Recently, the President of the Louisiana Association of Business and Industry, Stephen Waguespack, called the surge in taxes (to help close the biggest hole in Louisiana budget in modern history) as likely the biggest increase in taxes in one day in the state’s history.
Yet, despite this effort, even by Republicans, to balance the budget by revenue raisers and cuts, there are concerns that the budgets over the next few years will be even worse than that of this year.
Critics of Louisiana Governor Bobby Jindal have claimed the major reason for this $1.6B deficit is the efforts by Jindal (and cooperating lawmakers) to reduce taxes so Louisiana could become highly-ranked “business friendly”, which would benefit Jindal’s presidential resume.
Yet, some argue the problem for Jindal supporters and for republicans in general and perhaps for the leading gubernatorial candidate, Republican US Senator David Vitter, is raising taxes is antithetical to the conservative republican philosophy.
Former Louisiana State Senator, Secretary of State, and Insurance Commissioner, Jim Brown and former Jefferson Parish Assessor and Republican Party leader, Lawrence Chehardy discussed these issues in a google hangout with Bayoubuzz publisher Stephen Sabludowsky.
Below is a rough overview of the hangout conversation. Click on any of the hyperlinked time stamps to watch the relevant portions of the interview.
The entire interview can be found at Louisiana Democrats run against Jindal, conservatives, Vitter’s record?
0:00SABLUDOWSKY: (Responding to Lawrence Chehardy’s statement that Jindal has no record to run on) although Jindal has no record to run on, he will claim that he does and those in the national media interviewing him do not interrogate him or question the veracity of his claims
0:38SABLUDOWSKY: with the governor's race coming up and the Louisiana legislative races, art the issues in the election going to be based upon Jindal's and his supporter's policies which appear to be creating this budgetary problem the state is currently in? Thus, art the Democrats going to run against those policies? What Republican is going to do that?
2:18 CHEHARDY says, let's ask them. BROWN: it seems that so far, none of the candidates are saying that they will not take the Medicaid money under the Obama care. He believes that dog Dan and and Shell have said they would take the money and Vitter "probably yes". They are all critical of the tax breaks in the giveaways, with given the Department of Louisiana economic development "a checkbook and said go buy any business anyway you can". There seems to be more cautious rhetoric in terms of Jindal's policies but no specifics. Blanco left Louisiana $1 billion in surplus, compared to ages ago, at lease it is not "no, no", let's talk about social issues you'll see that in the debate so far.
4:07 SABLUDOWSKY: people on focus on the elections right now, but for example, David Vitter was against the stimulus, was against the bill out and didn't want to spend a penny of government money and railed against anybody who want to do that and now he's saying "what's wrong with the government? What's wrong with government money? Let's take it. That's hypocrisy isn't it?"
4:39 BROWN: "well, he will be the first hypocrite". He might do you like girl long and say when asked,"Tell the Bastards, I lied". I think Vitter knows that he's got a massive problem and "he's not trying to paint himself until a corner where he can't use these funds. I hope he uses the funds I think it's a disaster to have not taken the funds to begin with"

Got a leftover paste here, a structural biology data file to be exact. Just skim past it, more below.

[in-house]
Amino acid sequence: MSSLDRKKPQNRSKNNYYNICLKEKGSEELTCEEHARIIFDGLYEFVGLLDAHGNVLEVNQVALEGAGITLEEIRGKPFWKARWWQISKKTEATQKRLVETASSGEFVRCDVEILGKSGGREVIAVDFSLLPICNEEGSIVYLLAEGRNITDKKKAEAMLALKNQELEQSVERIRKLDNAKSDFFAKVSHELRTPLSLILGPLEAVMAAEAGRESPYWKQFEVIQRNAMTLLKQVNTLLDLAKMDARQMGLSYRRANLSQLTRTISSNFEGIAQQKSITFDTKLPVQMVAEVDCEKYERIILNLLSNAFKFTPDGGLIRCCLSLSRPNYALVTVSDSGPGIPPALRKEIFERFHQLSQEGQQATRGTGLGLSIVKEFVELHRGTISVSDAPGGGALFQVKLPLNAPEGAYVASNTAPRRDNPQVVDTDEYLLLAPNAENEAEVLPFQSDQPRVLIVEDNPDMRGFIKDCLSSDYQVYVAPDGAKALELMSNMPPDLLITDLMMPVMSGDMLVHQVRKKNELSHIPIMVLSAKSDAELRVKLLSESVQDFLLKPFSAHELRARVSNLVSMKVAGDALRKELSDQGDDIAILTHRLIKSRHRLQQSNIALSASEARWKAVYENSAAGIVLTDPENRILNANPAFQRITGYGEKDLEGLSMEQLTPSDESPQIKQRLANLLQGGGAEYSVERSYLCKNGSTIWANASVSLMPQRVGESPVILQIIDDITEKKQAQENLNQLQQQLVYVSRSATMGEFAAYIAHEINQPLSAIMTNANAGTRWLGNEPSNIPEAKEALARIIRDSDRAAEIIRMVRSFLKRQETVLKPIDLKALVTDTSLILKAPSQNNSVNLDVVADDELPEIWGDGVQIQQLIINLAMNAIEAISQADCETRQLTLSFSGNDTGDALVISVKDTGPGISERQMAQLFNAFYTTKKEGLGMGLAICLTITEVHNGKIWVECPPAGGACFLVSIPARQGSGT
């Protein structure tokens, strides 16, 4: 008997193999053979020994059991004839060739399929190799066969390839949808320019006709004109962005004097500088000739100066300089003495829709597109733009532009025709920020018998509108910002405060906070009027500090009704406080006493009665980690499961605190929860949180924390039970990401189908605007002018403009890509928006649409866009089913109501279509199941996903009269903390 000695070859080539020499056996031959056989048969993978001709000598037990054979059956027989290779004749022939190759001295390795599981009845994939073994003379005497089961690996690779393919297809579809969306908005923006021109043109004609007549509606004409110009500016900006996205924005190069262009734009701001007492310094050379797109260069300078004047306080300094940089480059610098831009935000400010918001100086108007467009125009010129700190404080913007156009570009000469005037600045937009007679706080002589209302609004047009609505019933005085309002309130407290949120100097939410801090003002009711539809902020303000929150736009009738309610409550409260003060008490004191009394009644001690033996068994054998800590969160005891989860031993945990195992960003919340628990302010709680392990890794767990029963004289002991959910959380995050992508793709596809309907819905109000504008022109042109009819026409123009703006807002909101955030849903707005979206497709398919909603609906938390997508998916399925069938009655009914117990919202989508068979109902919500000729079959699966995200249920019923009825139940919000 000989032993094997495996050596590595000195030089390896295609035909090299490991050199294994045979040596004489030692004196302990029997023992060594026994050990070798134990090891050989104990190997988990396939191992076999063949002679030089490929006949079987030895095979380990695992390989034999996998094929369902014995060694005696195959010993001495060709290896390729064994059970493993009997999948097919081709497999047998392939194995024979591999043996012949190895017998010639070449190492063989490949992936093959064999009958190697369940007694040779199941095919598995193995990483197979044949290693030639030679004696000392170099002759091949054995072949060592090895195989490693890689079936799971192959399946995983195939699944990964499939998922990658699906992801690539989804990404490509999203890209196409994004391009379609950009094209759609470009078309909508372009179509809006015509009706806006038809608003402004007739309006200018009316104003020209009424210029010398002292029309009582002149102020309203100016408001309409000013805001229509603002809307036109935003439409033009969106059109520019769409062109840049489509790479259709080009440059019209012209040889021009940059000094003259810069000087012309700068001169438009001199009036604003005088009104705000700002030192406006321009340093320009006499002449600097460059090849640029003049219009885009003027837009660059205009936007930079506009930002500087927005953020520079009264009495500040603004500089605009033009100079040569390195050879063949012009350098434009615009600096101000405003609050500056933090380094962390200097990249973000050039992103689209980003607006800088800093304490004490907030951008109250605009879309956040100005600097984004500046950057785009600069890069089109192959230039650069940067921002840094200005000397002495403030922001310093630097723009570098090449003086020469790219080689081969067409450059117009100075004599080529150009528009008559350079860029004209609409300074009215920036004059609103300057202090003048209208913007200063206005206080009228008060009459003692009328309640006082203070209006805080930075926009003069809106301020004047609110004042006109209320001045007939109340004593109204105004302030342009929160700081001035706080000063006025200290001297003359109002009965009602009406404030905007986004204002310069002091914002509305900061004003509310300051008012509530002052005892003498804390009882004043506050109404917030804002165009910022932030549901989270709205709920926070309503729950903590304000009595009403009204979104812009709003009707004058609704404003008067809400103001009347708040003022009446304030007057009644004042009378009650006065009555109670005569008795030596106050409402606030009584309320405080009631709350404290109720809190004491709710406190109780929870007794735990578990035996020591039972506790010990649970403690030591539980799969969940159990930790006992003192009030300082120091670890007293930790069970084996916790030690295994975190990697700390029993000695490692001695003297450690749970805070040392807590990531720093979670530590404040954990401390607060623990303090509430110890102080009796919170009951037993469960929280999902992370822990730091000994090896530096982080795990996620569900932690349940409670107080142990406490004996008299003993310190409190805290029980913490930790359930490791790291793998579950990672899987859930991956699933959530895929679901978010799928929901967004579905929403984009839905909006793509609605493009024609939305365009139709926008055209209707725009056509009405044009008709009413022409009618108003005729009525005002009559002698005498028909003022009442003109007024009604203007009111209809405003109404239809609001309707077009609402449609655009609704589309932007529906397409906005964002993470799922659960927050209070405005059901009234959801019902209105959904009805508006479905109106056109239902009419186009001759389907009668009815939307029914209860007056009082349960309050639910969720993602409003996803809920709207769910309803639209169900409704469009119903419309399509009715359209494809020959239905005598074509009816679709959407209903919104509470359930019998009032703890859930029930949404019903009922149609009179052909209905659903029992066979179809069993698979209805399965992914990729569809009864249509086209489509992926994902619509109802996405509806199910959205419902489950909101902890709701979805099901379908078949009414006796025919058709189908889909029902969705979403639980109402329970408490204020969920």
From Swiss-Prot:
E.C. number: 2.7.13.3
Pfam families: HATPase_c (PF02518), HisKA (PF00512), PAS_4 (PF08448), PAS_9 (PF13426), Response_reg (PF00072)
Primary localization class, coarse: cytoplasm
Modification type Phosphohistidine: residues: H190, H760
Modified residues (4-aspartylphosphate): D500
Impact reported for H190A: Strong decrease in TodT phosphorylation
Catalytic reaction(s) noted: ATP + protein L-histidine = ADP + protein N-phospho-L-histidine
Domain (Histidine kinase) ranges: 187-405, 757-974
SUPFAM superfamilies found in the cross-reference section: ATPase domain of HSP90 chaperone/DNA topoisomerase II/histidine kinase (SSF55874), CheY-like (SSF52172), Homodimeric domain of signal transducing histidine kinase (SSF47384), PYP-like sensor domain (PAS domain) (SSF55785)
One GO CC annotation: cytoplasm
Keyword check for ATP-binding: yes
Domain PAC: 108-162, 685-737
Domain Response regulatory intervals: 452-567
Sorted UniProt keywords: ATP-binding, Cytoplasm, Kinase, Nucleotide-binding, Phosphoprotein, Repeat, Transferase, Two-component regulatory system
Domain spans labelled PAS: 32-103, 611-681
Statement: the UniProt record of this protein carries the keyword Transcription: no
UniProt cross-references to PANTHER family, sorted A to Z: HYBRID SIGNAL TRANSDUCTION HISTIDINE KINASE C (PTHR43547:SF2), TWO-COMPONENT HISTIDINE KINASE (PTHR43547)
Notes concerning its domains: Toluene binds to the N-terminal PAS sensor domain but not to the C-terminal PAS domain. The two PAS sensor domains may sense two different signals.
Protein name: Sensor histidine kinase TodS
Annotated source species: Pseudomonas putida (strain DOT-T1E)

5:22 SABLUDOWSKY: so even though the Democrats who may be despised and the Louisiana, when you say that their argument might resonate more? I know that Bernie Pinsonat's poll, says that the likely voters are more inclined to vote Republican and Democrat--but the arguments have not really been out there. Just wondering if the Democrats are going to be able to make a comeback because even Vitter is not to have to make a Democratic-based argument?
6:12 CHEHARDY: although I think Pinsonat's poll is accurate, I think the race has not really been run yet, although Edwards is likely to make that argument and he will attempt to wrap those policies around the other candidates and the question is will all the voters distinguish these candidates from Bobby Jindal. If they don't, you going to see those number change. "Edwards is going to be doing much better than he is doing right now". However if the voters like general Republican philosophy more than the Democratic than a Republican is going to win. "We have to run the race"
7:41 BROWN: I agree. Louisiana has more focus on social issues than any other state country-- for example gay marriage, abortion, so many of these social issues-- that drives so much of the vote from the north of Baton Rouge to Republicans. You may be on food stamps, you may have an eighth grade education, maybe living in my home district Ferriday-- "but by and all you vote Republican". It may be a racial tone to it. Edwards might grow in a runoff but you get the knee-jerk Republicans, whether it's racial or social are going to pull the Republican lever." We've seen that with Mary Landrieu, we've seen that with Bernie's poll, we've seen that time at the time, and I don't think that is going to change
9:03 SABLUDOWSKY: maybe it's too late for the Louisiana Democratic Party to become more conservative, a lot of people believe that it is run by a bunch of liberals and that it doesn't have the same type of conservative infrastructure that it had maybe 8 to 10 years ago